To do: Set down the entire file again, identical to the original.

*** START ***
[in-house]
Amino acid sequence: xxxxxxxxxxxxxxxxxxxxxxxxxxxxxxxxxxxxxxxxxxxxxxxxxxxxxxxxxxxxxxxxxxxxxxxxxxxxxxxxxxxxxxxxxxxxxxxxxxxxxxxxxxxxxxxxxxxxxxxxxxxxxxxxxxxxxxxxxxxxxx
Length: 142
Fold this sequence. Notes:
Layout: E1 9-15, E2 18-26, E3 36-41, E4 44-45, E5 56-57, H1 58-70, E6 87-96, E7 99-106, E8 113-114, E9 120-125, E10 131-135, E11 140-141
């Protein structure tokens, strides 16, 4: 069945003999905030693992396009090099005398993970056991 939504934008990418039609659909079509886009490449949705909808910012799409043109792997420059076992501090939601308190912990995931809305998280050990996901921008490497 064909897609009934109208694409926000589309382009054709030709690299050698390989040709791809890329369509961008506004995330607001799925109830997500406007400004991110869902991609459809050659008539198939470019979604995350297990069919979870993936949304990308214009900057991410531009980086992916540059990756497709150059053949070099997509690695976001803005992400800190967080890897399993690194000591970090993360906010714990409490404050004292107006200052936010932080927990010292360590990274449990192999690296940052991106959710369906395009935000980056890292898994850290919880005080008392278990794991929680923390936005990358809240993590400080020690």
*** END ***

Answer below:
[in-house]
Amino acid sequence: xxxxxxxxxxxxxxxxxxxxxxxxxxxxxxxxxxxxxxxxxxxxxxxxxxxxxxxxxxxxxxxxxxxxxxxxxxxxxxxxxxxxxxxxxxxxxxxxxxxxxxxxxxxxxxxxxxxxxxxxxxxxxxxxxxxxxxxxxxxxxx
Length: 142
Fold this sequence. Notes:
Layout: E1 9-15, E2 18-26, E3 36-41, E4 44-45, E5 56-57, H1 58-70, E6 87-96, E7 99-106, E8 113-114, E9 120-125, E10 131-135, E11 140-141
């Protein structure tokens, strides 16, 4: 069945003999905030693992396009090099005398993970056991 939504934008990418039609659909079509886009490449949705909808910012799409043109792997420059076992501090939601308190912990995931809305998280050990996901921008490497 064909897609009934109208694409926000589309382009054709030709690299050698390989040709791809890329369509961008506004995330607001799925109830997500406007400004991110869902991609459809050659008539198939470019979604995350297990069919979870993936949304990308214009900057991410531009980086992916540059990756497709150059053949070099997509690695976001803005992400800190967080890897399993690194000591970090993360906010714990409490404050004292107006200052936010932080927990010292360590990274449990192999690296940052991106959710369906395009935000980056890292898994850290919880005080008392278990794991929680923390936005990358809240993590400080020690």